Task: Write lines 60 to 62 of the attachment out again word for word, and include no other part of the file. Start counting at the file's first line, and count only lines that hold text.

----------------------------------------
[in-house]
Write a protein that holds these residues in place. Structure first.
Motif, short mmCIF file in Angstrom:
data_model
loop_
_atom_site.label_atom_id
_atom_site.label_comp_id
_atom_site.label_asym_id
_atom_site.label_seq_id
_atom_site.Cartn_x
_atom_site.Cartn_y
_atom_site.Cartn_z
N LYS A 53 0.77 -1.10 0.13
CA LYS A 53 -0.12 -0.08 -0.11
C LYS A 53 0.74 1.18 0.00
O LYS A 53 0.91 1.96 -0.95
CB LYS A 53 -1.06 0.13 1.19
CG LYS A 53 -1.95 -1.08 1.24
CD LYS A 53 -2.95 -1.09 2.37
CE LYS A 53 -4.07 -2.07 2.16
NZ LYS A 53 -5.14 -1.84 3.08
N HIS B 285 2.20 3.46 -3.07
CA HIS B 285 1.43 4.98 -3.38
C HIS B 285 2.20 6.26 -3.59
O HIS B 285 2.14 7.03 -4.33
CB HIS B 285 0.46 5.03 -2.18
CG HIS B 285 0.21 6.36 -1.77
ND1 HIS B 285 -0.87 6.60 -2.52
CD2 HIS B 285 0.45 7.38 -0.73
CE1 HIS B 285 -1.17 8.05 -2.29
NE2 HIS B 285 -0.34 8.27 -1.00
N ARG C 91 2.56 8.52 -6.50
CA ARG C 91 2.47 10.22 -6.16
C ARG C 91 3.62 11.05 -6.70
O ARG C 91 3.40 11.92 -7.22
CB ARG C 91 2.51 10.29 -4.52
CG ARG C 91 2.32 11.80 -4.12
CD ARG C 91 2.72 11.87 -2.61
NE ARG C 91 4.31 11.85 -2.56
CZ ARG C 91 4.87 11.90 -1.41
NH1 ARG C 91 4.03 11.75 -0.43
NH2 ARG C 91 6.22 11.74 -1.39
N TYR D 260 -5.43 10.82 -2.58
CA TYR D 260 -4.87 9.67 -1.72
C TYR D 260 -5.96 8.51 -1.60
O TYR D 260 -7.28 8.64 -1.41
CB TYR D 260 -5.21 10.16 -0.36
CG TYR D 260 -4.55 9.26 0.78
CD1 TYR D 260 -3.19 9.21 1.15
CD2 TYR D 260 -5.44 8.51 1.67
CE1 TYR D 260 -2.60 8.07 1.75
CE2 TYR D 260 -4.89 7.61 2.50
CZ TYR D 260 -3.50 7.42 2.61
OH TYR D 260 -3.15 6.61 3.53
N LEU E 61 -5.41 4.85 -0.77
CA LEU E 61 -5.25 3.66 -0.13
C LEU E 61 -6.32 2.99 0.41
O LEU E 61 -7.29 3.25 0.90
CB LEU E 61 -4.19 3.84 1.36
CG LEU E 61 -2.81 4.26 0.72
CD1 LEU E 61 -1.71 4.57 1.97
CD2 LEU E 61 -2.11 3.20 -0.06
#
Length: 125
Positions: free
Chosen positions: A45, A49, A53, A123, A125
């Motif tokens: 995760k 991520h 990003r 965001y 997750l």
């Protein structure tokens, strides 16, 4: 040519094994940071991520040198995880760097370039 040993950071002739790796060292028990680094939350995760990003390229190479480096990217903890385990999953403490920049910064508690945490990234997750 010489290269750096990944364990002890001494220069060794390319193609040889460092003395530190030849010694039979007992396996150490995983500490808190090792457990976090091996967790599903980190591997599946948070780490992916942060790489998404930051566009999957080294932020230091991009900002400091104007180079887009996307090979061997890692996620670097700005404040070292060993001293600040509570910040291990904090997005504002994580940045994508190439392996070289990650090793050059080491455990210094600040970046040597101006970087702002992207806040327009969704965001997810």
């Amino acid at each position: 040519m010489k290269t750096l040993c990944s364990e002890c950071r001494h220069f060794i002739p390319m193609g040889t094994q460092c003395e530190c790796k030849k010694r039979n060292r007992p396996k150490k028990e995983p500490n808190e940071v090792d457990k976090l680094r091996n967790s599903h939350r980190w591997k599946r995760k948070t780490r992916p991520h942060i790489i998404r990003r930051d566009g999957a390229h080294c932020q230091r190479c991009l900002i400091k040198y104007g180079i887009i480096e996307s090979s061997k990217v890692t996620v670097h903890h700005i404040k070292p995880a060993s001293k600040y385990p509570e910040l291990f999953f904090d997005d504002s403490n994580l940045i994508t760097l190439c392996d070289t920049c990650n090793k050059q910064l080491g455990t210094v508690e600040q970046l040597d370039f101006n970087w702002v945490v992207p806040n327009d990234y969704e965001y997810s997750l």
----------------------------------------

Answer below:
CG LEU E 61 -2.81 4.26 0.72
CD1 LEU E 61 -1.71 4.57 1.97
CD2 LEU E 61 -2.11 3.20 -0.06